The Israeli Uzi submachine gun is produced by Israel Military Industries Ltd. (IMI). As one of the most popular weapons of its kind, it has earned Israel billions of dollars in the military and law enforcement export market. The Uzi utilizes the overall design and many features of the Czech M23/25 submachine gun, but the Uzi has a completely different receiver, made of rectangular stamped steel rather than round in cross-section, and other changes.
German Air Force Senior Master Sgt. Leo Menke briefs U.S. soldiers on the Uzi submachine gun, Heidelberg-area, Germany, October 2001.
Today in WW II: 28 Aug 1941 Massive concrete Dneproges Dam and electric plant at Zaporozhyee on the Dnieper River [Dneprostroi Dam] are partially destroyed by retreating Soviet troops to prevent German capture [Operation Barbarossa]. More↓
The Uzi is a recoil-operated, select fire submachine gun, firing open bolt. The bolt "sleeves" around the rear part of the barrel to decrease overall length. The Uzi features a fire selector and safety switch on the left side of the receiver, along with an automated safety on the rear side of the handle. The charging handle is located at the top of the receiver and does not move when firing.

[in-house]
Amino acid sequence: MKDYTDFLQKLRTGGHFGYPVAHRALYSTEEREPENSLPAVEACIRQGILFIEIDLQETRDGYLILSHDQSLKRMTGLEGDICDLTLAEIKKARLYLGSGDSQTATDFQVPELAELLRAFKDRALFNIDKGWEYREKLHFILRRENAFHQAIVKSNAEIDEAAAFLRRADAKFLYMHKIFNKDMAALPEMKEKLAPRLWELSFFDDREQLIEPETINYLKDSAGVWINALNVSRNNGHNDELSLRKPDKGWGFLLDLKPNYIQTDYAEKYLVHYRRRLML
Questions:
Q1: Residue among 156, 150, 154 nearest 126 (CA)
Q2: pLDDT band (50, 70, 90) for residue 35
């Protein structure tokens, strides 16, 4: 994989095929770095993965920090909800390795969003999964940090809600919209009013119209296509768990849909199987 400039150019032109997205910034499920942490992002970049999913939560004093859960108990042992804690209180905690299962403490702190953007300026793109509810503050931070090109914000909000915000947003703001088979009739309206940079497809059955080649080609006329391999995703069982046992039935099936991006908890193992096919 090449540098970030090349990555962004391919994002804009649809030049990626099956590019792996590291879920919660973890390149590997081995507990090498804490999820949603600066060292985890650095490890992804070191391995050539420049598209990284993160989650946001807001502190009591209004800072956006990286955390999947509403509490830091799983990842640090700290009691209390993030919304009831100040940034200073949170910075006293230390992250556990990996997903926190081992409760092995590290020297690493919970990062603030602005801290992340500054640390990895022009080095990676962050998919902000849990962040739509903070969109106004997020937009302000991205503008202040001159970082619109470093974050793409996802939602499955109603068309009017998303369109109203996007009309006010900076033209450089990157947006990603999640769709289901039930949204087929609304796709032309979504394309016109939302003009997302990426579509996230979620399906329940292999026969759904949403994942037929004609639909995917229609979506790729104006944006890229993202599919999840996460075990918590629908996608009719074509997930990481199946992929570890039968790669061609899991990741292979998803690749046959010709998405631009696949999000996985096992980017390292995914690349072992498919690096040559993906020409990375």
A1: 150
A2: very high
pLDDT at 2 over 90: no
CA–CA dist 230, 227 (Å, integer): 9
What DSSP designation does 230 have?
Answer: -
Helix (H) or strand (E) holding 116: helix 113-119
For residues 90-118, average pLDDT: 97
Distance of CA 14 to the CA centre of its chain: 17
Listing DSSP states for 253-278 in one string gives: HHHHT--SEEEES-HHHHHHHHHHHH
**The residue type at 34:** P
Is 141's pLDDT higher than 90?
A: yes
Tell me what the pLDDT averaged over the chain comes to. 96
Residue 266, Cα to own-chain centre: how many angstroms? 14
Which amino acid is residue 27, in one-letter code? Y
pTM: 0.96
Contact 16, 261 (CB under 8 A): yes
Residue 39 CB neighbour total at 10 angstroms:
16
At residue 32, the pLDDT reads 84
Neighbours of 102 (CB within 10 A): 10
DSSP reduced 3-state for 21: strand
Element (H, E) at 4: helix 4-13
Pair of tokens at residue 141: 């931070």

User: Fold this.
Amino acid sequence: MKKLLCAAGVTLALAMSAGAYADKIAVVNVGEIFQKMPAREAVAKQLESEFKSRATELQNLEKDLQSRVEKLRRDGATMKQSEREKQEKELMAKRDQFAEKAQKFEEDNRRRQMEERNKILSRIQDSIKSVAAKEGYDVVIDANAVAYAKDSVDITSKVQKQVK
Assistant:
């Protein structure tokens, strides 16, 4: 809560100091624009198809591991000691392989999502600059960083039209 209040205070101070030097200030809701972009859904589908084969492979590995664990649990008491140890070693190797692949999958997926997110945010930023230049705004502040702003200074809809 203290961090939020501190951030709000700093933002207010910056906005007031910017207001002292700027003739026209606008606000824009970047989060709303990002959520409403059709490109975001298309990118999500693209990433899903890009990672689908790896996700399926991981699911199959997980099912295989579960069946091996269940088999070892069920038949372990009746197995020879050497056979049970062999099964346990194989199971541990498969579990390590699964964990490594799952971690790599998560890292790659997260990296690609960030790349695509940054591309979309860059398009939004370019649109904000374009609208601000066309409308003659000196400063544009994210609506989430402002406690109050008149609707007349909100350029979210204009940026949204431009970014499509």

Uzi Submachine Gun.
The Uzi is equipped with a folding stock, made from stamped steel although early variants were equipped with fixed wooden stock. The Mini and Micro variants featured side-folding stocks made from steel wire. All versions may be equipped with silencers.
Variants used by Israeli special forces feature rails on the top and on the bottom of the receiver, used to mount sights, tactical flashlights and laser aiming modules.
Inventor of the Uzi Submachine Gun
Uzi Gal, inventor of the submachine gun, was a shy and quiet person whose superb technical abilities and unique mind were apparent from the time he was a small child. During his life, Gal patented several major inventions. By the mid-1950's, the "Uzi" had gained recognition as one of the best lightweight weapons of the 20th century, and Uzi was named one of the most important armory developers. Gal retired from the Israel Defense Forces in 1976 and moved to Philadelphia, Pennsylvania where he served as a weapons advisor and reportedly worked on developing a new pistol that would have transformed the international weapons industry. Uzi Gal, 79, passed away on 7 September 2002 after a long battle with illness.
Uzi Information Table
Lenght (stock closed / open)
470 mm/ 650 mm
Rate of fire, rounds/min
Magazine capacity, rounds
25 or 32
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